Should I dare creep up close behind a slowpoke (i.e. impolitely pressure the slug in front of me to actually drive the speed limit), I could just imagine the other drivers sniggering when they saw that it was a Catholic radio listener doing so. “Oh, so that’s how a Catholic drives?”   “Looks like the Immaculate Heart really hasn’t done that gal any good,” “Ghandi was right about Christians,” etc. But if they didn't know which station I listened to, I didn’t have to worry about all of this, you see?

And this fed into my fourth reason for not displaying a Catholic radio a bumper sticker. “What if I do get pulled over?" I worried, "What will people think of me?  What will they think of the Church?”  Better not risk giving scandal to anyone which meant no bumper sticker, of course.  What a chicken.

And here’s my stupidest one of all:

5.) I don’t want the other van driving, homeschooling moms to think I’m trying to fit in. 
Because my massive van, the homeschooling cooperative, the NFP and meeting up with them at daily mass once a week doesn't already make my affiliations obvious.  Pathetic, I know. 

In short, all of my stupid reasons were mostly concerns for my image.  Dear reader, can you ever forgive me?   Immaculate Heart Radio, can you?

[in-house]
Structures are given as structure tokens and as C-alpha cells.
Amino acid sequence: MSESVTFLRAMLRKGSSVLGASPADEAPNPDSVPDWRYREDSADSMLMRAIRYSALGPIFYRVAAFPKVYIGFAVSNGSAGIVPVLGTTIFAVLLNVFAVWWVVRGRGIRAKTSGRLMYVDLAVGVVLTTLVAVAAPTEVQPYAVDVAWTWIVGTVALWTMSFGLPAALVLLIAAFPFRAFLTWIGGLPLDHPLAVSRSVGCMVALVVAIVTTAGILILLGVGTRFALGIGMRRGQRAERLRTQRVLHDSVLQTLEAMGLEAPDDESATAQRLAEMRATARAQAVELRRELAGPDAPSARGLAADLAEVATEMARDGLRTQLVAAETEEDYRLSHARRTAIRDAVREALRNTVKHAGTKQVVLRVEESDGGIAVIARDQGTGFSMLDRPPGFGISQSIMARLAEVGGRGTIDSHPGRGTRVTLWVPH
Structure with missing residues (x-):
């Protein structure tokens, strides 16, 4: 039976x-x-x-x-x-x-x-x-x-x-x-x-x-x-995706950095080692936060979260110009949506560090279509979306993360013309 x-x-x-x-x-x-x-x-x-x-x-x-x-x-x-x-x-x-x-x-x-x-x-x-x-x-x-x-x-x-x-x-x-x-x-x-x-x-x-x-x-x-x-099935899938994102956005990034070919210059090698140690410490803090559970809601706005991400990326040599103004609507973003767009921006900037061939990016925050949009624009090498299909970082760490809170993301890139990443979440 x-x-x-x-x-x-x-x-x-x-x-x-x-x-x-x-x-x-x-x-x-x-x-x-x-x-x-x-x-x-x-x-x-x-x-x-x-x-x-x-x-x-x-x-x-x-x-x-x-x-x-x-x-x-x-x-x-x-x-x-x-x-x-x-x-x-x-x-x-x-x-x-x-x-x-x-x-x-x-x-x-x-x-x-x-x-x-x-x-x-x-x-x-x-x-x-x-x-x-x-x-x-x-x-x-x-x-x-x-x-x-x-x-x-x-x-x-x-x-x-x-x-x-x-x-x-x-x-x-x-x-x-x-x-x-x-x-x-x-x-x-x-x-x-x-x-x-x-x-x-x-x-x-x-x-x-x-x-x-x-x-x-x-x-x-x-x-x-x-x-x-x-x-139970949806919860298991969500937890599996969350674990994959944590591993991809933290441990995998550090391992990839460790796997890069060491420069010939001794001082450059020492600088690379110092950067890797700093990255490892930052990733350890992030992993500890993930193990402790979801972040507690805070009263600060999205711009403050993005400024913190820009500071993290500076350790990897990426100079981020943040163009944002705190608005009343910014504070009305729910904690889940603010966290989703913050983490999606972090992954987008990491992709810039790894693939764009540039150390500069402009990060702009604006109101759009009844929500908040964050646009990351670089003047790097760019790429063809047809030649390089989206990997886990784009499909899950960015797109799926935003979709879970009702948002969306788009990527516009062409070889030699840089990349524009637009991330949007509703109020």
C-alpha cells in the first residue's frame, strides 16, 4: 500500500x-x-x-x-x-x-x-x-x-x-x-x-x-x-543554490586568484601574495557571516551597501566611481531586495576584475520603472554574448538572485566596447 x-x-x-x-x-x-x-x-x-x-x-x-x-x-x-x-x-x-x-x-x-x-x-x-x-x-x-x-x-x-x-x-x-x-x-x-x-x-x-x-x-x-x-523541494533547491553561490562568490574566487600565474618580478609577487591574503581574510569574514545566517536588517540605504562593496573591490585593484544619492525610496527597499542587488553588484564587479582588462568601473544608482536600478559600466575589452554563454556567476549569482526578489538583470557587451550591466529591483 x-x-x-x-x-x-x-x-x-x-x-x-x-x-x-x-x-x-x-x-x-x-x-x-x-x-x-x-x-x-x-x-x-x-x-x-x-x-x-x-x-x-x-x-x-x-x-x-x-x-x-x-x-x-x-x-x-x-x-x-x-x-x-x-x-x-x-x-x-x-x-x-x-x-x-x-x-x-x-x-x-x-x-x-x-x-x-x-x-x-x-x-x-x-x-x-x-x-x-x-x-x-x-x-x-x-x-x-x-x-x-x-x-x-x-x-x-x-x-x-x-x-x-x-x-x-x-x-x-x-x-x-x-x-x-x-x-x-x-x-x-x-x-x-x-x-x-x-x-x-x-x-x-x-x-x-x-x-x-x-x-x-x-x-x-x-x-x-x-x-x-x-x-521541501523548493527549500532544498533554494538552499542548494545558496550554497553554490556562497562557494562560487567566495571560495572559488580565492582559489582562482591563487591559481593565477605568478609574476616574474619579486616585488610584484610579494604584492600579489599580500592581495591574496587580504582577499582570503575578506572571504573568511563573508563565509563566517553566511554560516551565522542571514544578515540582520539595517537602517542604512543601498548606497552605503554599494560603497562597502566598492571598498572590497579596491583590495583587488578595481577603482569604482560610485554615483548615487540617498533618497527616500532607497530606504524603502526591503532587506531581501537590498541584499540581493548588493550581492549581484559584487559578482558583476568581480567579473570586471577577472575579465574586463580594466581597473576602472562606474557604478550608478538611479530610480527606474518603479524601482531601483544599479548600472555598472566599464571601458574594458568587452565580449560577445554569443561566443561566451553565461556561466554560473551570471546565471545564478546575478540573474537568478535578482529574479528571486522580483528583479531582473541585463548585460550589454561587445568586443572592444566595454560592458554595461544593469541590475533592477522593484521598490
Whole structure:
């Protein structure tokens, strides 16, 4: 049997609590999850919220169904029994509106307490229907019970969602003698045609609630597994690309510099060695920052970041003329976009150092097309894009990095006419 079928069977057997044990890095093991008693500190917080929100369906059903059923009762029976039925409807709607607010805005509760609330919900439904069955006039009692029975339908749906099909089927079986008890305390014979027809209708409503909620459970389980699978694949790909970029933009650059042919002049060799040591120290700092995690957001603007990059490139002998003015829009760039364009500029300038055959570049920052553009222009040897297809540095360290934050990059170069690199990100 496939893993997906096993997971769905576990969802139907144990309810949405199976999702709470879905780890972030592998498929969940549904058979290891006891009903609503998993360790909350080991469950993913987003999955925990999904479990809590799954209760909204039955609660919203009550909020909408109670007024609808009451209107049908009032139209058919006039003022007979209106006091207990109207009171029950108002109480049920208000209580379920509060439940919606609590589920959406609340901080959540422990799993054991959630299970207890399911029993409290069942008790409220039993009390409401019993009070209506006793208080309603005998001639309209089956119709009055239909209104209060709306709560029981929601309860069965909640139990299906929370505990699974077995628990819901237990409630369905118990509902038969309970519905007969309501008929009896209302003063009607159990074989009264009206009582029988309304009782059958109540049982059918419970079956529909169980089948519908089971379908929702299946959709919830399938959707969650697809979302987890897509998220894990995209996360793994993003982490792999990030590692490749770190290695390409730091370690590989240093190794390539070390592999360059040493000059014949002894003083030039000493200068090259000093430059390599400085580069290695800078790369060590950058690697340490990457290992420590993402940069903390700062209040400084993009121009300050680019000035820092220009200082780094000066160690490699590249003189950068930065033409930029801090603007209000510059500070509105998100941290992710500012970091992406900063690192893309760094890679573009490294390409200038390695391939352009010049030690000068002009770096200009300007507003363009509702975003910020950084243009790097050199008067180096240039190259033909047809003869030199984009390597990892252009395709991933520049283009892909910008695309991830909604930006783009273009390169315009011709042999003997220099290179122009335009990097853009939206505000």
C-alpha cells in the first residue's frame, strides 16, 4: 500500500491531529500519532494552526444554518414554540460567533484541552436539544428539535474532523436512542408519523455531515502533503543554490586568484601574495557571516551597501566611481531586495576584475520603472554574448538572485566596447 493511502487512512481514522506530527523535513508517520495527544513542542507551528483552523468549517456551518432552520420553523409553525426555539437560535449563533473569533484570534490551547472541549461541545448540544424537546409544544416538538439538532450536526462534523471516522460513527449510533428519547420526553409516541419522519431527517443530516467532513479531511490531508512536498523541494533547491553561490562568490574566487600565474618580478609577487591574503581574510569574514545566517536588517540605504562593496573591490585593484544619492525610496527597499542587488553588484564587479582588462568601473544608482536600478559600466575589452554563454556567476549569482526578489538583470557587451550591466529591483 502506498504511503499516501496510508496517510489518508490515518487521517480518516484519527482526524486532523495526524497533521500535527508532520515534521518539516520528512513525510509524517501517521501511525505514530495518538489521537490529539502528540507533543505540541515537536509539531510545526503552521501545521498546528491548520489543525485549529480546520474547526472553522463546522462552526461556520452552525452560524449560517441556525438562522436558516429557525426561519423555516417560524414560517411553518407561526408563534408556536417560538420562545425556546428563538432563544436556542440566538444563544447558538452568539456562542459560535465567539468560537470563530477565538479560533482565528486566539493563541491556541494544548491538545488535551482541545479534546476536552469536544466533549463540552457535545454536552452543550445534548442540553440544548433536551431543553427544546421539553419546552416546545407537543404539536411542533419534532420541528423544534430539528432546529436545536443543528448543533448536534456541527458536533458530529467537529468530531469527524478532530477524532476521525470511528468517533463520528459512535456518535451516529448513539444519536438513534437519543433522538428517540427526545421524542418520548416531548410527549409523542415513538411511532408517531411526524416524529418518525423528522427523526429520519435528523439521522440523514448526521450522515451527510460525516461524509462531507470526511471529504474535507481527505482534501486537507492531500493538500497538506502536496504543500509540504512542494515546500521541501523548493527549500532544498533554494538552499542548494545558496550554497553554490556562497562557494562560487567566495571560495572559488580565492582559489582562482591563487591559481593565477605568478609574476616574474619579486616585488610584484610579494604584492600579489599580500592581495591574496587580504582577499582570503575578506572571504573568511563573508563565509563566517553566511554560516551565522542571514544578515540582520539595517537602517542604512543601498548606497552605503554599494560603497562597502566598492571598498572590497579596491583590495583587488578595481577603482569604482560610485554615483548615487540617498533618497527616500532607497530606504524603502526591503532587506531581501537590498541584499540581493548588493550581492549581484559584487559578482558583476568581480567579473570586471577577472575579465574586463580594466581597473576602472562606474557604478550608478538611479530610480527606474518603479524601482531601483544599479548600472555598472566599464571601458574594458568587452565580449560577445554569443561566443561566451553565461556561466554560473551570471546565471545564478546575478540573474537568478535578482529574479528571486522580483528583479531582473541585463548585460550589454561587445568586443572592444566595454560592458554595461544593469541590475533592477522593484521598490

I promise the bumper sticker is there now! I promise to make a good pledge this spring (oh wait, is that already over with?) And I promise that I will try to drive more like a Catholic Radio listener should: with the Chaplet of Divine Mercy blaring at red lights, and in the background in drive throughs...

Hey, this gave me an idea!  The Theology of Laundry is now launching its own bumper sticker!  Vote on which one is the best (or worst):

#1 The Theology of Laundry: Because God’s Mercy has a Rinse Cycle!


#2 God <3s Laundry Piles: Read The Theology of Laundry


#3 The Theology of Laundry: WWJD? Fold the Laundry (Jn 20: 6-7)! U Shud 2! 

 (Too much?)